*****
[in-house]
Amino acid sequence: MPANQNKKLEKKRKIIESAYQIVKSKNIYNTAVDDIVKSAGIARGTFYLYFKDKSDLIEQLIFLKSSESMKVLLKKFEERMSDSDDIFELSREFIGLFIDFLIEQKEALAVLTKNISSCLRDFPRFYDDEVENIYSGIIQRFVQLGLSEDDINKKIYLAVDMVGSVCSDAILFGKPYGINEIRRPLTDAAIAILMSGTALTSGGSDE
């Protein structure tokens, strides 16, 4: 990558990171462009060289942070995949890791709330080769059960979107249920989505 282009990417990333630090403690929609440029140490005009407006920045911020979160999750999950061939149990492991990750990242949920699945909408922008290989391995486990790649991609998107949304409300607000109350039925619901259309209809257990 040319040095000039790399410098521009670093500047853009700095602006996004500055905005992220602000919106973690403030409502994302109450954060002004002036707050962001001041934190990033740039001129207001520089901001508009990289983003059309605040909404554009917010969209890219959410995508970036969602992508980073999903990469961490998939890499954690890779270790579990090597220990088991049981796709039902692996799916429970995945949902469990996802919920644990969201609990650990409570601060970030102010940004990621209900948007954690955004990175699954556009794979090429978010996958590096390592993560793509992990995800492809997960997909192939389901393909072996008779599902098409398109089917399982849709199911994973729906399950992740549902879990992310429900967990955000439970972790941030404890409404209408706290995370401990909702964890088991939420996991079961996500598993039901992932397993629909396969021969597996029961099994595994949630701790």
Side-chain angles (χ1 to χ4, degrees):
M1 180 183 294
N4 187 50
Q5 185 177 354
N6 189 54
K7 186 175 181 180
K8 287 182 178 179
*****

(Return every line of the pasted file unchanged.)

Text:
[in-house]
Amino acid sequence: MPANQNKKLEKKRKIIESAYQIVKSKNIYNTAVDDIVKSAGIARGTFYLYFKDKSDLIEQLIFLKSSESMKVLLKKFEERMSDSDDIFELSREFIGLFIDFLIEQKEALAVLTKNISSCLRDFPRFYDDEVENIYSGIIQRFVQLGLSEDDINKKIYLAVDMVGSVCSDAILFGKPYGINEIRRPLTDAAIAILMSGTALTSGGSDE
């Protein structure tokens, strides 16, 4: 990558990171462009060289942070995949890791709330080769059960979107249920989505 282009990417990333630090403690929609440029140490005009407006920045911020979160999750999950061939149990492991990750990242949920699945909408922008290989391995486990790649991609998107949304409300607000109350039925619901259309209809257990 040319040095000039790399410098521009670093500047853009700095602006996004500055905005992220602000919106973690403030409502994302109450954060002004002036707050962001001041934190990033740039001129207001520089901001508009990289983003059309605040909404554009917010969209890219959410995508970036969602992508980073999903990469961490998939890499954690890779270790579990090597220990088991049981796709039902692996799916429970995945949902469990996802919920644990969201609990650990409570601060970030102010940004990621209900948007954690955004990175699954556009794979090429978010996958590096390592993560793509992990995800492809997960997909192939389901393909072996008779599902098409398109089917399982849709199911994973729906399950992740549902879990992310429900967990955000439970972790941030404890409404209408706290995370401990909702964890088991939420996991079961996500598993039901992932397993629909396969021969597996029961099994595994949630701790």
Side-chain angles (χ1 to χ4, degrees):
M1 180 183 294
N4 187 50
Q5 185 177 354
N6 189 54
K7 186 175 181 180
K8 287 182 178 179